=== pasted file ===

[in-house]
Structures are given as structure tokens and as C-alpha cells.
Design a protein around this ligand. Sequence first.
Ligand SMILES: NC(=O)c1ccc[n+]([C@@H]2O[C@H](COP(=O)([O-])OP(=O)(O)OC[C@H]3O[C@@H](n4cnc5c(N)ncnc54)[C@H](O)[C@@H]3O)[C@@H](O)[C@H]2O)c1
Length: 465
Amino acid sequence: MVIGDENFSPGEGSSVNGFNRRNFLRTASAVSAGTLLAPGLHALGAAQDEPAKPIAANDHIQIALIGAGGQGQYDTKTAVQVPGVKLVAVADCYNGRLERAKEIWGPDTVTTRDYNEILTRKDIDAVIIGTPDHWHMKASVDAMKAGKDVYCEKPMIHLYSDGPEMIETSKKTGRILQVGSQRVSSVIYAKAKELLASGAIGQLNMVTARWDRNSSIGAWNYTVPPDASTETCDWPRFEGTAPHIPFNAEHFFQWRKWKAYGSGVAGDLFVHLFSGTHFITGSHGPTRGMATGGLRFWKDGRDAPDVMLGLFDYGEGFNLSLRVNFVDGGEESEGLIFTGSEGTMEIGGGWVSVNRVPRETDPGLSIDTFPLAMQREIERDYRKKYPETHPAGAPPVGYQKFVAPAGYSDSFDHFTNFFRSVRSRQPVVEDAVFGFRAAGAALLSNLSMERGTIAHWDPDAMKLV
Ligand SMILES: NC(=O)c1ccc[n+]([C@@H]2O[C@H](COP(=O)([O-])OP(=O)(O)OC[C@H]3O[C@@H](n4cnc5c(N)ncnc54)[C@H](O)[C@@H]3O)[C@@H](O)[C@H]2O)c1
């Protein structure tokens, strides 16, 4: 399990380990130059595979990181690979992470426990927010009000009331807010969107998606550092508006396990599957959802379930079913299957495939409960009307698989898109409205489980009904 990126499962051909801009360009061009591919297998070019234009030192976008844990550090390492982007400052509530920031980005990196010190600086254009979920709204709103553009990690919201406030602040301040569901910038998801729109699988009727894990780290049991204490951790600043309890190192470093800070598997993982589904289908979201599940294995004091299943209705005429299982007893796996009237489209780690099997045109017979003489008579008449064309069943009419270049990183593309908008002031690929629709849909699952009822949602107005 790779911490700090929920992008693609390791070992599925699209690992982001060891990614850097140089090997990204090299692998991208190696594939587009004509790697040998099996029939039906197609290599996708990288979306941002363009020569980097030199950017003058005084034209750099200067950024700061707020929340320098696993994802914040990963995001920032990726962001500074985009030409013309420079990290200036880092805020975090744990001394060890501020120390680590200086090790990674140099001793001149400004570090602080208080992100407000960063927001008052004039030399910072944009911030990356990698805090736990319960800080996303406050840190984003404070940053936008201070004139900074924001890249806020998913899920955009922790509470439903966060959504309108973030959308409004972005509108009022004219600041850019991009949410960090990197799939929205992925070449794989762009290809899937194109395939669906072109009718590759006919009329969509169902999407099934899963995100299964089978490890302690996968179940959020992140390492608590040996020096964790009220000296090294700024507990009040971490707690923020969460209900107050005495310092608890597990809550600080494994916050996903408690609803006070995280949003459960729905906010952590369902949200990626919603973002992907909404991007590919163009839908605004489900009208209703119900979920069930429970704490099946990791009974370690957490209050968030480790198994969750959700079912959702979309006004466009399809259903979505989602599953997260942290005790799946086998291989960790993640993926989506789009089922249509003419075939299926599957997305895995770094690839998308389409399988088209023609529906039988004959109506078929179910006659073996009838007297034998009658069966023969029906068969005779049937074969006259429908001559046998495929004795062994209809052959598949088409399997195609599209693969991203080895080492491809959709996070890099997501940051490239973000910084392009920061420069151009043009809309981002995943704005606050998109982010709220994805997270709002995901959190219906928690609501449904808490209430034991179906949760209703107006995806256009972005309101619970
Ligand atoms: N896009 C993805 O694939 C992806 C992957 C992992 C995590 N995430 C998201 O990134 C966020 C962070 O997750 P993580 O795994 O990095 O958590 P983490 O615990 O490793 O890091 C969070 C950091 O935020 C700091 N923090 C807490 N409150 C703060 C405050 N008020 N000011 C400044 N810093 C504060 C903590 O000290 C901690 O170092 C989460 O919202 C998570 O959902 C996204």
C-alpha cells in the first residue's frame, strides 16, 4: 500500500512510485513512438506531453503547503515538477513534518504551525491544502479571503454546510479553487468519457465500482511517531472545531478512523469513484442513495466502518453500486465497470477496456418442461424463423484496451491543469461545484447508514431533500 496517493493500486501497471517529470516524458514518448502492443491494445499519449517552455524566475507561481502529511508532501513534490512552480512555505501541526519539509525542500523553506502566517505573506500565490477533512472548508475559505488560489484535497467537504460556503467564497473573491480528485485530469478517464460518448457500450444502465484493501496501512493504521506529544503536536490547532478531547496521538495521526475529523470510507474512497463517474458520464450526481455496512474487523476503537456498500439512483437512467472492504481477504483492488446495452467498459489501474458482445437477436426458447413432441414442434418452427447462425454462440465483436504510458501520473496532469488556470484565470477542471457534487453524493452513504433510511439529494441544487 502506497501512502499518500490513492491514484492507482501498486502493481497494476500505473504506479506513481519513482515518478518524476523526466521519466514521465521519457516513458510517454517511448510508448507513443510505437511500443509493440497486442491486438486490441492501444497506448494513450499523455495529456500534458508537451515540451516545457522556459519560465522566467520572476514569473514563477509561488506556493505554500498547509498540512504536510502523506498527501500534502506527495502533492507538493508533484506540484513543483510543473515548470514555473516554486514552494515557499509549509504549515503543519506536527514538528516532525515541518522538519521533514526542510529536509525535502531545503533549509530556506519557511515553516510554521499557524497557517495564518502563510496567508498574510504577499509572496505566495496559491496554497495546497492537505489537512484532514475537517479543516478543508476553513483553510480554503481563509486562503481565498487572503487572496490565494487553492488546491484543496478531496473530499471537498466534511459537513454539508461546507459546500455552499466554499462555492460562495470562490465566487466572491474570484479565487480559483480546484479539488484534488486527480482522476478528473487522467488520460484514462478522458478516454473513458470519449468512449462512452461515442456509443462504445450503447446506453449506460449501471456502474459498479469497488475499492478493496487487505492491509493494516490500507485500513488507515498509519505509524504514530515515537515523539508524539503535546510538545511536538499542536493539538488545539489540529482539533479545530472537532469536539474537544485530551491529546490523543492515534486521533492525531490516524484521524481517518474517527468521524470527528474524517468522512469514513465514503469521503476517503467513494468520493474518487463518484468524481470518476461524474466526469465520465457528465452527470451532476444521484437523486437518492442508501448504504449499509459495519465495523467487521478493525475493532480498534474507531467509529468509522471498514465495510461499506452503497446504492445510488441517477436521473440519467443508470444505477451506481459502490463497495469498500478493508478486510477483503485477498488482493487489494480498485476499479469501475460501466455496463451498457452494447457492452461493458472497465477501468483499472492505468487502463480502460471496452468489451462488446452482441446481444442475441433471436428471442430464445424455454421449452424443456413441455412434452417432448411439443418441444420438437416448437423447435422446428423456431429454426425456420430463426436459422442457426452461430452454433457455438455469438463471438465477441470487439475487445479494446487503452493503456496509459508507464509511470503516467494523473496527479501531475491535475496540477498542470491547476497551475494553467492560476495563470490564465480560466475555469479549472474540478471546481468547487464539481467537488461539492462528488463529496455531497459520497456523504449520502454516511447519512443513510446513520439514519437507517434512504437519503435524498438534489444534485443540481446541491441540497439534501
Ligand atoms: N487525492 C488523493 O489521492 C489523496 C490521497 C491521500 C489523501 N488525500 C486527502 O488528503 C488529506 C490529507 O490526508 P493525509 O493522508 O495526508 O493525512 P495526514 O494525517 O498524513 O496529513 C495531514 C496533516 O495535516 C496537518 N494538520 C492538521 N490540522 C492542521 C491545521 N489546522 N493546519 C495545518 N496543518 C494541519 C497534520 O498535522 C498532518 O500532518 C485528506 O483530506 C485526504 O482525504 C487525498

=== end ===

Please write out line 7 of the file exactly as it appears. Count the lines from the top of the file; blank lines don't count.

Ligand SMILES: NC(=O)c1ccc[n+]([C@@H]2O[C@H](COP(=O)([O-])OP(=O)(O)OC[C@H]3O[C@@H](n4cnc5c(N)ncnc54)[C@H](O)[C@@H]3O)[C@@H](O)[C@H]2O)c1